Former Florida Governor Jeb Bush and Senator Marco Rubio are essentially tied for third place, with 13 percent and 12 percent, respectively.

We discuss the state of the presidential race with Matt Towery, founder of InsiderAdvantage, which conducted the poll.

Also joining us are Mike Binder, assistant professor of political science and public affairs at UNF, and Stephen Baker, professor of political science at Jacksonville University.


A raft of death penalty cases across the state of Florida are in limbo after a ruling last week by the U.S. Supreme Court.

The high court struck down Florida’s death penalty sentencing system, declaring that it violates defendants’ Sixth Amendment Rights to trial by jury. This means delays for the outcome of many cases, including several here in our area.

About 400 people currently sit on Florida’s Death Row, including the man charged with murdering Jacksonville resident Shelby Farah. Two years ago, defendant James Xavier Rhodes offered to plead guilty to the murder in exchange for life in prison without possibility of parole. Shelby’s mother, Darlene Farah, has urged the State Attorney’s Office to take the plea. However, State Attorney Angela Corey still intends to pursue the death penalty for Rhodes.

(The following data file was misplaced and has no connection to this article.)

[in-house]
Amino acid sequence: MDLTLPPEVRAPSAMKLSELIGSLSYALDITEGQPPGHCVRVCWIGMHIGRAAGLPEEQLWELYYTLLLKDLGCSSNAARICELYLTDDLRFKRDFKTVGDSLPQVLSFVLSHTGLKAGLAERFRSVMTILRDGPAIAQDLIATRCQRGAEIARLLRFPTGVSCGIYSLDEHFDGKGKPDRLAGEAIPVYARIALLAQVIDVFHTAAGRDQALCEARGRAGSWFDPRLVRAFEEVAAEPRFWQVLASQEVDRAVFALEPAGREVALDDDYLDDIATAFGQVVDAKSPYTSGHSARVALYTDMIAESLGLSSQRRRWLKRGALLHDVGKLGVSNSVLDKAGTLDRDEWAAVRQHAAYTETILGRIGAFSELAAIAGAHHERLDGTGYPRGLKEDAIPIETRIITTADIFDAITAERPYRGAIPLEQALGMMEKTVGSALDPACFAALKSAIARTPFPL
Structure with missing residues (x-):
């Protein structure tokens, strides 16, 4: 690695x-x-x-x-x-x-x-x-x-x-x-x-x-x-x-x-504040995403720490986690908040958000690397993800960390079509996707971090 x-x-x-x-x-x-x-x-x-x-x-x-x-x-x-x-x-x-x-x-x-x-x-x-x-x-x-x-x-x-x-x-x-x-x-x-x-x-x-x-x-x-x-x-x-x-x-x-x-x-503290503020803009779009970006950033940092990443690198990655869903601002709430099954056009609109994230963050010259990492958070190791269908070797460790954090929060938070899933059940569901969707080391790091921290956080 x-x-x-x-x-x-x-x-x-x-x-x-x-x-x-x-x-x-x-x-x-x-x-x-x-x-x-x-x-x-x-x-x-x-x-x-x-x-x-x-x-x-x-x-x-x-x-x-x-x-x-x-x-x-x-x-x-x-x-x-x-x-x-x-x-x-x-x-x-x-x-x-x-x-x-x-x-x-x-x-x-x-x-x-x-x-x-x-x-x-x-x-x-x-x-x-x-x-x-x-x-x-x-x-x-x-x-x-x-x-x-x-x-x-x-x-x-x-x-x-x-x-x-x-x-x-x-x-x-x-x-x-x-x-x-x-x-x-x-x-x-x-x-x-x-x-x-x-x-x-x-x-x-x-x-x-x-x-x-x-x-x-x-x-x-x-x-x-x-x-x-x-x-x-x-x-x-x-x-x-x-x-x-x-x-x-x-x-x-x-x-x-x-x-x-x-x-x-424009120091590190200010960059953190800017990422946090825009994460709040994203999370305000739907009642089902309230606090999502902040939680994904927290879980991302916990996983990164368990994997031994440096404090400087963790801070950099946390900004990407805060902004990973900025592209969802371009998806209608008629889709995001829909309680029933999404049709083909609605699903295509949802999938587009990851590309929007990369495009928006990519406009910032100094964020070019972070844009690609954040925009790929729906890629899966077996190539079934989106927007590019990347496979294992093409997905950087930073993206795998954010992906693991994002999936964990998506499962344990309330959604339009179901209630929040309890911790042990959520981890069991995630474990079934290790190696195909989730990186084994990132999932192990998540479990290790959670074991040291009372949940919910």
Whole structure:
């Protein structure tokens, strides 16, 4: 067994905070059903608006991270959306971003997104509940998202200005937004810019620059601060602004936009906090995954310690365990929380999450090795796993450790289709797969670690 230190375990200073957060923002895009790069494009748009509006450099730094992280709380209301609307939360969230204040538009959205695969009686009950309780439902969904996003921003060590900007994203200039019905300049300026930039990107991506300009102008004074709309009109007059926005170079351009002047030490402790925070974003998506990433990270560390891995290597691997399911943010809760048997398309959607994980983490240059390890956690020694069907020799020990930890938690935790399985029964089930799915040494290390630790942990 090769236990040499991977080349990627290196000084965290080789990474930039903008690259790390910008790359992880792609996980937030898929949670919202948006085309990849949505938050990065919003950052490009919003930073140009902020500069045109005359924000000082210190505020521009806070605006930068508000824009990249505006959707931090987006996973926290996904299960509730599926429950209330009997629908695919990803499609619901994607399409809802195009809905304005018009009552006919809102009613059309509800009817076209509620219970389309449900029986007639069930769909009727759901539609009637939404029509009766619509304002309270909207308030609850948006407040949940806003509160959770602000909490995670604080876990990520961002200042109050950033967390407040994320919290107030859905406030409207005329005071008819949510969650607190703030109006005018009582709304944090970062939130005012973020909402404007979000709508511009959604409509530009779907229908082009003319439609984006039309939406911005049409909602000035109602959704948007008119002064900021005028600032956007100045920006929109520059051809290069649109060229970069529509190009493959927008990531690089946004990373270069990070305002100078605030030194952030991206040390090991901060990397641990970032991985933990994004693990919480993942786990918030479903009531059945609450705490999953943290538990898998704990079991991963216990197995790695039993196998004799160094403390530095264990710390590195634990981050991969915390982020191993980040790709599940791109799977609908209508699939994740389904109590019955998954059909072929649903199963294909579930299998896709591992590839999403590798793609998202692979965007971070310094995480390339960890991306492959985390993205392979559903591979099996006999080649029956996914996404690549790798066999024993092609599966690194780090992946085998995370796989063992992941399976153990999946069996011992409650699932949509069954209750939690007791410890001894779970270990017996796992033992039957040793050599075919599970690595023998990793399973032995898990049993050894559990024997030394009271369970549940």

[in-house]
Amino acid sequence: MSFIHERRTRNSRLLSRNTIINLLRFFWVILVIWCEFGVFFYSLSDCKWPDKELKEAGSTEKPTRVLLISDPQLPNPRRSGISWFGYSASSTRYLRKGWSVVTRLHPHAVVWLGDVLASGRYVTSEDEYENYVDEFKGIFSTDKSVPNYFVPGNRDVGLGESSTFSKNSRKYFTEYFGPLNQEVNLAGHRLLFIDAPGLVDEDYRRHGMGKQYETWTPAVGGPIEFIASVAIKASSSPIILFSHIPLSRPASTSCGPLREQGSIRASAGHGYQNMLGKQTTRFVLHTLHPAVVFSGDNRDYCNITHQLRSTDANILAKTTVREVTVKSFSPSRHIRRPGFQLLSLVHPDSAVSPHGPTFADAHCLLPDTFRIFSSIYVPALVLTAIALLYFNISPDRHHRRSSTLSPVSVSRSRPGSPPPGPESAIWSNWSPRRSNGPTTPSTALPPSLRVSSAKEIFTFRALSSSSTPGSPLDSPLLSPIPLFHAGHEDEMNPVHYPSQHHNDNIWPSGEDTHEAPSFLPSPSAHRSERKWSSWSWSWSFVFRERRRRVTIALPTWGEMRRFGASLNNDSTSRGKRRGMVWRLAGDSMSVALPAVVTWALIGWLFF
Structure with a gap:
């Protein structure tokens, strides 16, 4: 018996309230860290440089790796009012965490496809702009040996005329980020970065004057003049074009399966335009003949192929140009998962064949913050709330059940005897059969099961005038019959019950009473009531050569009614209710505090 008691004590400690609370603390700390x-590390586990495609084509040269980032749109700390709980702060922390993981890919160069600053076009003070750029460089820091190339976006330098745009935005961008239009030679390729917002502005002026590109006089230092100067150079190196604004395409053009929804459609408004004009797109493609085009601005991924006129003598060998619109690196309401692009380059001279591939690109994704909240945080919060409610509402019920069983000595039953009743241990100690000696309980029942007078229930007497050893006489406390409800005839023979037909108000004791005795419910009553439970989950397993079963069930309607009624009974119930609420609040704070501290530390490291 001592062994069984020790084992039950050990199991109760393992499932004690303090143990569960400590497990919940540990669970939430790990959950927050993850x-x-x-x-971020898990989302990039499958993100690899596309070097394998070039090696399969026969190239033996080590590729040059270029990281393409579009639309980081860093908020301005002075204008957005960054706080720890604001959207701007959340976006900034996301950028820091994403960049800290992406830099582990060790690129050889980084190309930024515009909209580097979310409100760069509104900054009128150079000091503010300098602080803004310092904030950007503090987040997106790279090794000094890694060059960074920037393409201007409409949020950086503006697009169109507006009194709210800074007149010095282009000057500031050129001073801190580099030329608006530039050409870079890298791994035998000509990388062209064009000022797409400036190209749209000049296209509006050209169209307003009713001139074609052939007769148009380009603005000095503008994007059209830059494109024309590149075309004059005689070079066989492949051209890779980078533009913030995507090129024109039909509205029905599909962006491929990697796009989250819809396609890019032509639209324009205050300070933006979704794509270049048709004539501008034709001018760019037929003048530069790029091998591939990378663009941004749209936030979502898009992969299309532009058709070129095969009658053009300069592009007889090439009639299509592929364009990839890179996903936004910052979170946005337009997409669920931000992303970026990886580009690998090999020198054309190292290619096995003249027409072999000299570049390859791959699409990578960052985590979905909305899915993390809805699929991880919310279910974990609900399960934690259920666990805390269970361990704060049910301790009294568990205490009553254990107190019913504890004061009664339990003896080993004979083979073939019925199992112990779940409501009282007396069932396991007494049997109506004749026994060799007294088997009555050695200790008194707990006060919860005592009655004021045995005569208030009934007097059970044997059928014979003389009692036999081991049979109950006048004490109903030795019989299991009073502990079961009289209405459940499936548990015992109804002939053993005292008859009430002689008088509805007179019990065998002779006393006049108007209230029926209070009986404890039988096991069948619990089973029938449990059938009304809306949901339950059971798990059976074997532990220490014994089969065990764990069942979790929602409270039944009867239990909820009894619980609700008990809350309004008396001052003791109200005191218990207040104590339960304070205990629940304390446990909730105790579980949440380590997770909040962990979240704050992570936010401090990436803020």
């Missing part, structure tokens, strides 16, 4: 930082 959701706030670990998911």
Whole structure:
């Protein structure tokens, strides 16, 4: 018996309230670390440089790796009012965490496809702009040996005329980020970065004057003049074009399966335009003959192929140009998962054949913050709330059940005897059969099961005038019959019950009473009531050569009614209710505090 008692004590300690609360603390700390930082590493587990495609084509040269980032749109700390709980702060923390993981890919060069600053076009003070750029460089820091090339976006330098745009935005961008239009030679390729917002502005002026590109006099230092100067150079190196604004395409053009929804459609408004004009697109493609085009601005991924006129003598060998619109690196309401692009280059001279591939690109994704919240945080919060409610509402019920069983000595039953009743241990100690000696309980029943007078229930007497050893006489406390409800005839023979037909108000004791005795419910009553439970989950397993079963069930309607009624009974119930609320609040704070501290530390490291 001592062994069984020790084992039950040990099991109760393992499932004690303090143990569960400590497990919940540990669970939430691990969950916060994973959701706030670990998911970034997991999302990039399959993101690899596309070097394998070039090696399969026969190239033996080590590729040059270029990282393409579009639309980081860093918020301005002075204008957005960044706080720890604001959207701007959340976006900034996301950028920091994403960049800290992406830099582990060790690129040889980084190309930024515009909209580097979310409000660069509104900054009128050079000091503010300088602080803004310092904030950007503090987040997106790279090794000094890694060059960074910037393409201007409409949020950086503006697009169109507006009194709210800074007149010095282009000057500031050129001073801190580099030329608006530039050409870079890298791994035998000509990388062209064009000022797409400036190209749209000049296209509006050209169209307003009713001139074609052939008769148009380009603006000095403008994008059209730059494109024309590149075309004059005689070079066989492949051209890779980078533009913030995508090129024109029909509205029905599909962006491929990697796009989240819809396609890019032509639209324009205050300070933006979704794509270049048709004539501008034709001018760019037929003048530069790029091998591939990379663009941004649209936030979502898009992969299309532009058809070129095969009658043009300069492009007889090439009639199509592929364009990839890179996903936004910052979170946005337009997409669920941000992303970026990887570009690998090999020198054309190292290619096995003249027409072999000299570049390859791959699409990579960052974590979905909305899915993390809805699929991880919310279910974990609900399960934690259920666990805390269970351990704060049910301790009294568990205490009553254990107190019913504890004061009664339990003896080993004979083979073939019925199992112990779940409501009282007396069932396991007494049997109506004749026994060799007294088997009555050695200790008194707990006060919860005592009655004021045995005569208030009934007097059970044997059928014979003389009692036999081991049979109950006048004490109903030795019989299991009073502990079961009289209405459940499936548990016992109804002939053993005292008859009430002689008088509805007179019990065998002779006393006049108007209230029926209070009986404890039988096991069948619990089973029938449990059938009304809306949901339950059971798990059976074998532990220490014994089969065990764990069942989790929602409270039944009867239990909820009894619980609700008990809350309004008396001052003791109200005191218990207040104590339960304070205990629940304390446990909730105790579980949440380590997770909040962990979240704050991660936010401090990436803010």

We discuss the latest in the case with Darlene Farah, and attorney and former prosecutor Dale Carson, co-counsel on the civil suit for the Farah family.

We also look at how the Supreme Court ruling affects the Florida death penalty as a whole with Ben Jones, campaign strategist for the criminal justice reform organization Equal Justice USA.


Fourth Circuit Public Defender Matt Shirk is seeking a third term.

Shirk has confirmed that he will run for re-election, and says he's trying to move past controversy that has dogged his time in office.

That includes a scathing grand jury report that recommended he resign after allegations he sent sexually suggestive text messages to employees, deleted public records and spent campaign funds on behalf of a family member.

He join us to discuss these and other issues.